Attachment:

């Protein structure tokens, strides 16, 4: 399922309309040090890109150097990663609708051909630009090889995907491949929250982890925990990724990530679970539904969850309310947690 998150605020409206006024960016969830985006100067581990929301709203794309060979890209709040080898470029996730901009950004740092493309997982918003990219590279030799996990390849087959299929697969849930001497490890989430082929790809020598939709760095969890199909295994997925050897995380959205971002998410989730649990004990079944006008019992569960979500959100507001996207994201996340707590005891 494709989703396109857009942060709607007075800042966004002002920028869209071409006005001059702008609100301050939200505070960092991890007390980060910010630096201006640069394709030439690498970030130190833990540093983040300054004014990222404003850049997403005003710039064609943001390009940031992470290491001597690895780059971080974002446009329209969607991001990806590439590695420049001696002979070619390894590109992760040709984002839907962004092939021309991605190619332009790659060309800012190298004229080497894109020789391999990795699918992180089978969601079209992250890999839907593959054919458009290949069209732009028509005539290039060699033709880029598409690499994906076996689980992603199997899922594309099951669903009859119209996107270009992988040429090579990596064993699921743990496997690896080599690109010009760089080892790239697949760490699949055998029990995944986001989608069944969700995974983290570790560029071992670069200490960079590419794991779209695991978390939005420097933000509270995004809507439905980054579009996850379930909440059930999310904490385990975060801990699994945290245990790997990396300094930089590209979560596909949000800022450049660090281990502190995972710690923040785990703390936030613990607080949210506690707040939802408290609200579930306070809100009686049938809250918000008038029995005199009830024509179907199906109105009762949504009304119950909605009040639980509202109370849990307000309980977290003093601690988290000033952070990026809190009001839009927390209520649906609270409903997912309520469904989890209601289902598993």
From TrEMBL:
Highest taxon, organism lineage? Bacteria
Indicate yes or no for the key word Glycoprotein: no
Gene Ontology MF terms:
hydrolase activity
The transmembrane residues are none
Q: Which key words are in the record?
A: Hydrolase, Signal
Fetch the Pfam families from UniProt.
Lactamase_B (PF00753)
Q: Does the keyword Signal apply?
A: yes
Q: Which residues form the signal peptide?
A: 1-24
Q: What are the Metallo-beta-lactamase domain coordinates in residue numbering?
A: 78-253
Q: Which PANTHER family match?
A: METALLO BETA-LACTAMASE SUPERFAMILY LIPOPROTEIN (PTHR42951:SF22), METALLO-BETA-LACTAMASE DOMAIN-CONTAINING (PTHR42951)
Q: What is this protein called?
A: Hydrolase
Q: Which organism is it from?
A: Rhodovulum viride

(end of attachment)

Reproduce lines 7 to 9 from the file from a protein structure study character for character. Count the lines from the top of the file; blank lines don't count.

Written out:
The transmembrane residues are none
Q: Which key words are in the record?
A: Hydrolase, Signal